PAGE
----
Caught in the middle of a transition.
Just because I’m splitting my time evenly to fit everything into a perfect little life/balance pie, it doesn’t mean spiritually, mentally, I have the ability to keep up!
This particular issue has invaded my brain for the last few months, one of the reasons I had to take a little break from writing. I didn’t plan it. I have just been too confused as to how to solve the problem, I didn’t need one more project, a set writing goal, to stratify each day even more.
And I also just learned I haven’t been allowing myself any breathing room to come up with anything remotely creative…
A few weeks ago, my husband came home from a trip with a new book: The Organized Mind, by Daniel J. Levintin. He left it on the coffee table, I’m guessing with the hope I might read it and find a way to eliminate the piles of paper and clutter so we can have an organized house.
Instead, as I flip through various chapters, it’s helping me understand this so-called “balance” isn’t what it’s cracked up to be.
Unknowingly, I had been defining my life-balance success in terms of my ability to multi-task.
By my ability to accomplish all the priorities on my smartphone to-do list with a nice little check at the end of each day.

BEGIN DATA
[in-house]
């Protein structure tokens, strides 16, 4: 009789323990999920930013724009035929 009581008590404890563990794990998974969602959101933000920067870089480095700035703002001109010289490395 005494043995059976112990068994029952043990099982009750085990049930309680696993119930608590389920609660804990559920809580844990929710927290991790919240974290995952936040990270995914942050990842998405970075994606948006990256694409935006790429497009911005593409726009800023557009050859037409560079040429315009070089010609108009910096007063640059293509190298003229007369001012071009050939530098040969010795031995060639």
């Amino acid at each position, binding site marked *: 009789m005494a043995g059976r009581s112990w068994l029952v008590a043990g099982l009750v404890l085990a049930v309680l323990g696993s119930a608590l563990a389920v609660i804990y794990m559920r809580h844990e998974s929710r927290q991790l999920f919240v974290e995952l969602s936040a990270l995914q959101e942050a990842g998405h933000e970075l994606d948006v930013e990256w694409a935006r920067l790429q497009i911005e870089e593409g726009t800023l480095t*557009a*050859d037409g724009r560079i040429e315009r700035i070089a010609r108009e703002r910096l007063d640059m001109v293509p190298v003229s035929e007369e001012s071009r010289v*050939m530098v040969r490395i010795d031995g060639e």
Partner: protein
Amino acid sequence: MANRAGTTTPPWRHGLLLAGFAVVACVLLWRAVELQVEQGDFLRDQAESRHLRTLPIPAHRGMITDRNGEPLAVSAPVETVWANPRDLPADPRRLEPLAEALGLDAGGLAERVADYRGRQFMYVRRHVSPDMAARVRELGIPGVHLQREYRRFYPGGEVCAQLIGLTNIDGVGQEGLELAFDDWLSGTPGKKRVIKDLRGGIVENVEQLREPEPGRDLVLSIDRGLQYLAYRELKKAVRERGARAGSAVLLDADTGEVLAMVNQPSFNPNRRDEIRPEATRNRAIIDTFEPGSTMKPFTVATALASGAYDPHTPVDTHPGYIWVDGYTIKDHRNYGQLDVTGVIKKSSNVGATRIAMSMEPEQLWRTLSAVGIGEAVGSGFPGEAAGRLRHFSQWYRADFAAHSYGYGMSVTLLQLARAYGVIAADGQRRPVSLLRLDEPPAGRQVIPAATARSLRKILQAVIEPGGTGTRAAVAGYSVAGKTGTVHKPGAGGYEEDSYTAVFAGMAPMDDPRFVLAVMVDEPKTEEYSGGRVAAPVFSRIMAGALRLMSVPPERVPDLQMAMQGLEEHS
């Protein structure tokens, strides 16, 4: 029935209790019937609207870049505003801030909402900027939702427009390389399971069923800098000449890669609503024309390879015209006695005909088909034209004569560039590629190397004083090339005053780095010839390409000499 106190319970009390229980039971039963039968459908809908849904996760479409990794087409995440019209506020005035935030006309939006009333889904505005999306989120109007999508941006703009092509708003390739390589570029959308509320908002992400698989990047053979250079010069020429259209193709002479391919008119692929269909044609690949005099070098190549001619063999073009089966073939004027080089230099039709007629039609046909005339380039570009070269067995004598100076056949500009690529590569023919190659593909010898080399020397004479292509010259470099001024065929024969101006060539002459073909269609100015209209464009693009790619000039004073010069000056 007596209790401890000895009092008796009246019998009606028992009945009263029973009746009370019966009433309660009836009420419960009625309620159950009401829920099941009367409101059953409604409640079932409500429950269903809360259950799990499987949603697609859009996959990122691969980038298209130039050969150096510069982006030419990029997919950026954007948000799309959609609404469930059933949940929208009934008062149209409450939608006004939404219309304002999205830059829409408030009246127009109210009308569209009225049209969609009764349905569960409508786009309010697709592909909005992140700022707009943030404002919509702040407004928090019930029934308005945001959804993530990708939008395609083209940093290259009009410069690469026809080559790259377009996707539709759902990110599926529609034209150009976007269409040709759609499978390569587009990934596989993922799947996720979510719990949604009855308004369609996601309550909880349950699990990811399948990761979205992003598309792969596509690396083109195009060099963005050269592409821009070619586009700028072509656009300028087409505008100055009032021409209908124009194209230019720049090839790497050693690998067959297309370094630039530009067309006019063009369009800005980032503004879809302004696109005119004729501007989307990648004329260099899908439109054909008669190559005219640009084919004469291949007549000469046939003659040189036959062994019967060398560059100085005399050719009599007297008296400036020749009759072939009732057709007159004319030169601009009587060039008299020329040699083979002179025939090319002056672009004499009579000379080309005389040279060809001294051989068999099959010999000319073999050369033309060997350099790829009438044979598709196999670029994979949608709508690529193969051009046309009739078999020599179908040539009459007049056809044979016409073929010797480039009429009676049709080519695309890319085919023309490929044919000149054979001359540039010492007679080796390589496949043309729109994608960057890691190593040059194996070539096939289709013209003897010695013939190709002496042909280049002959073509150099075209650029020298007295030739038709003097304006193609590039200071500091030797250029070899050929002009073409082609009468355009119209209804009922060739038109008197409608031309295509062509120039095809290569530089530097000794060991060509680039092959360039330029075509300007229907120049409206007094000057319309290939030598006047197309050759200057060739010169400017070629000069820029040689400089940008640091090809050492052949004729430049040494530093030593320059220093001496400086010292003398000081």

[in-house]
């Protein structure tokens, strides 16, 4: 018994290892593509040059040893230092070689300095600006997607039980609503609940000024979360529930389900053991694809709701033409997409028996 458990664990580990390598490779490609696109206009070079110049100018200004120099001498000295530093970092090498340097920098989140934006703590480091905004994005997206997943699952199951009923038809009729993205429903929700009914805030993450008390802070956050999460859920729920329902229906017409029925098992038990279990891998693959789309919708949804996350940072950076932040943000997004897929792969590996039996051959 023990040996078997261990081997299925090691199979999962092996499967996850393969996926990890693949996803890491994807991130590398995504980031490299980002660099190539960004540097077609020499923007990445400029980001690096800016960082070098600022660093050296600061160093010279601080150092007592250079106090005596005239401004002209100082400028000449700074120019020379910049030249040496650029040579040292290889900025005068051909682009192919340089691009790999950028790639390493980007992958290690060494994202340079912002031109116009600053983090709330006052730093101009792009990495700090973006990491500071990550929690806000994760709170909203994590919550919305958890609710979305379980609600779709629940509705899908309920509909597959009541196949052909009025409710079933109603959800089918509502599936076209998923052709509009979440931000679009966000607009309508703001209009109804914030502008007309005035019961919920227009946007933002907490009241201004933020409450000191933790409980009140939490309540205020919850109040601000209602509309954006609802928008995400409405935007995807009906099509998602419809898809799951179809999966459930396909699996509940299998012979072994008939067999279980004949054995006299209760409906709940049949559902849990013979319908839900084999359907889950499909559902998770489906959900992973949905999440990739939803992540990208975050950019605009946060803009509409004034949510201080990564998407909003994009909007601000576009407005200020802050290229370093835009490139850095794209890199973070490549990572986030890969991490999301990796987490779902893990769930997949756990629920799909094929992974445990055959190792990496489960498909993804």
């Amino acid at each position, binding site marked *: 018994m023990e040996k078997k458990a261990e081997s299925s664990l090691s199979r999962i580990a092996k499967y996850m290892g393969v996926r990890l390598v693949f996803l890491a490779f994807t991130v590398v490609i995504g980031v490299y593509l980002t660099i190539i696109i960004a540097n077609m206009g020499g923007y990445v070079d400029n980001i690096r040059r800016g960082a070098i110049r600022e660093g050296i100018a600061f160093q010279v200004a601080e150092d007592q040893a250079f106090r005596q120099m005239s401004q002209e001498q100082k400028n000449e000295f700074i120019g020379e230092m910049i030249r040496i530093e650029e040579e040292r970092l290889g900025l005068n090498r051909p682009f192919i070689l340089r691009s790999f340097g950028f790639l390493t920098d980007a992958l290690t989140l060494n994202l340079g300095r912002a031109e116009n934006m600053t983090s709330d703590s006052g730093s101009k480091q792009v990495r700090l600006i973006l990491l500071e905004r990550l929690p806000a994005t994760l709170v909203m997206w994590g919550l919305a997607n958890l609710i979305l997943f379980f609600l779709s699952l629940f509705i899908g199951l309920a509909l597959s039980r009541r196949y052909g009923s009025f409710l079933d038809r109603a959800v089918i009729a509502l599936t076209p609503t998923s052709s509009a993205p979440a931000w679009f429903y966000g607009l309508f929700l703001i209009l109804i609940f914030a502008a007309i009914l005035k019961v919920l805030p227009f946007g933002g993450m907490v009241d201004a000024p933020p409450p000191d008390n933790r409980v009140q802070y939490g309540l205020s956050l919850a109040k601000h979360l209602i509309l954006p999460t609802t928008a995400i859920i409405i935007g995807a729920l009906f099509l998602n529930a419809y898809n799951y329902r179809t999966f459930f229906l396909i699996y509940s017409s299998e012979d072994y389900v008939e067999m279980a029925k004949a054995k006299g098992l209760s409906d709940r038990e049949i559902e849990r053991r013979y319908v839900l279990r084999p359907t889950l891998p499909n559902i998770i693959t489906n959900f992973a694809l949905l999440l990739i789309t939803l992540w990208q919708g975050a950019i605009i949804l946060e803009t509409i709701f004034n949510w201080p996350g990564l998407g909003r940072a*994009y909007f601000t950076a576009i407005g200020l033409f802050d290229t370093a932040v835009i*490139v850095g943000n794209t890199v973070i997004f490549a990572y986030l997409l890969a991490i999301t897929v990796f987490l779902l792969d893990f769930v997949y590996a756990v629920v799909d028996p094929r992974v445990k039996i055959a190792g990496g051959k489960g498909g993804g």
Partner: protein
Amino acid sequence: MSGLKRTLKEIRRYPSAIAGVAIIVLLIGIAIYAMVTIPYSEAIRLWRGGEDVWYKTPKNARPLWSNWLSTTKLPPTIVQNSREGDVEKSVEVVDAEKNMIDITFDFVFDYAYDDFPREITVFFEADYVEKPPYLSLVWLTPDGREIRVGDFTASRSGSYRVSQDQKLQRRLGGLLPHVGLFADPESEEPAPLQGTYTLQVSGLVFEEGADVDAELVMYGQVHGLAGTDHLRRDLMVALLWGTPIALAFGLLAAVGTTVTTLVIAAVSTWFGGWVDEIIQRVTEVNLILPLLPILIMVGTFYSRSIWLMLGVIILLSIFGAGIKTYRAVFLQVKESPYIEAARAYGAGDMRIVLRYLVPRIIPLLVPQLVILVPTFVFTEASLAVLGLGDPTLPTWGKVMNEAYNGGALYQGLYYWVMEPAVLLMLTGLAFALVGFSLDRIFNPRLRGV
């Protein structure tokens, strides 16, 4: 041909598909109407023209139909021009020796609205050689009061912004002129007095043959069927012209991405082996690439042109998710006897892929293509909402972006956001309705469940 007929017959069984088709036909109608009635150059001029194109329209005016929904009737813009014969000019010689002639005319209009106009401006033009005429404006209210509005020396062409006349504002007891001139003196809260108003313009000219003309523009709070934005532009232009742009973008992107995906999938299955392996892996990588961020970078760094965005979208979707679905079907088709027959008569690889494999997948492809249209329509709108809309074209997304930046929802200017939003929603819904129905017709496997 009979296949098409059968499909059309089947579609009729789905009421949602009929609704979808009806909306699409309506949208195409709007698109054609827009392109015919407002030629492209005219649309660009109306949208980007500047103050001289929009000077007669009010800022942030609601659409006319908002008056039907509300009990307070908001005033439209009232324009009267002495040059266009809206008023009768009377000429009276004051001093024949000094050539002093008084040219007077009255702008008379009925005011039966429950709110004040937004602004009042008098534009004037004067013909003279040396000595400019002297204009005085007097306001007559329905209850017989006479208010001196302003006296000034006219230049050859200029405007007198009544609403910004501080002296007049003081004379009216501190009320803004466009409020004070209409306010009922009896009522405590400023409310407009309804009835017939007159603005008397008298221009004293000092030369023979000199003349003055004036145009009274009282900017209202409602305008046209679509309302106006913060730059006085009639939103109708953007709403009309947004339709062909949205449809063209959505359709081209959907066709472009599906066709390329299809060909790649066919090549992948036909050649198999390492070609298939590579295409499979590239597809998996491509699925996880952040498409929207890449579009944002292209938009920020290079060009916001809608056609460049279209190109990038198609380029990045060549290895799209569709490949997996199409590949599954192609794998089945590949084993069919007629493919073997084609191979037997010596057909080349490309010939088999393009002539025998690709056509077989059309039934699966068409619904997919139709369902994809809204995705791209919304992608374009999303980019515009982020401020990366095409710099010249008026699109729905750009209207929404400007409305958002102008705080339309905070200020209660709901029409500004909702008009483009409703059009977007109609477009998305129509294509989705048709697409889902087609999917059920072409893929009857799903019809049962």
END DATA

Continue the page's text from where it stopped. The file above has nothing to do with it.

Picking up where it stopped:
And that’s not helping me much. Because inside, I don’t even remotely feel like a success.
Multitasking is the enemy of a focused attentional system
We can’t truly think about or attend to all these things at once, so our brains flit from one to another, each time with a neurological switching cost. The system does not function well this way.
I have been loving the fact I have flexible hours for work, and do so from home. But I have not made clear boundaries between work and home. Even when I’m not working, I’m consistently checking email to make sure I am “there” if anyone needs me.
And when I’m working, I may flit back and forth between the plumber or electrician or decisions on the bathroom. And then my mom sends another email about decisions related to a trip in June, and now it’s time to put on the parent hat and pick up Brett from school…
Levinton also states:
It takes more energy to shift your attention from task to task. It takes less energy to focus. That means that people who organize their time in a way that allows them to focus are not only going to get more done, but they’ll be less tired and less neurochemically depleted after doing it.
Daydreaming also takes less energy than multi-tasking. And the natural intuitive see-saw between focusing and daydreaming helps to re calibrate and restore the brain.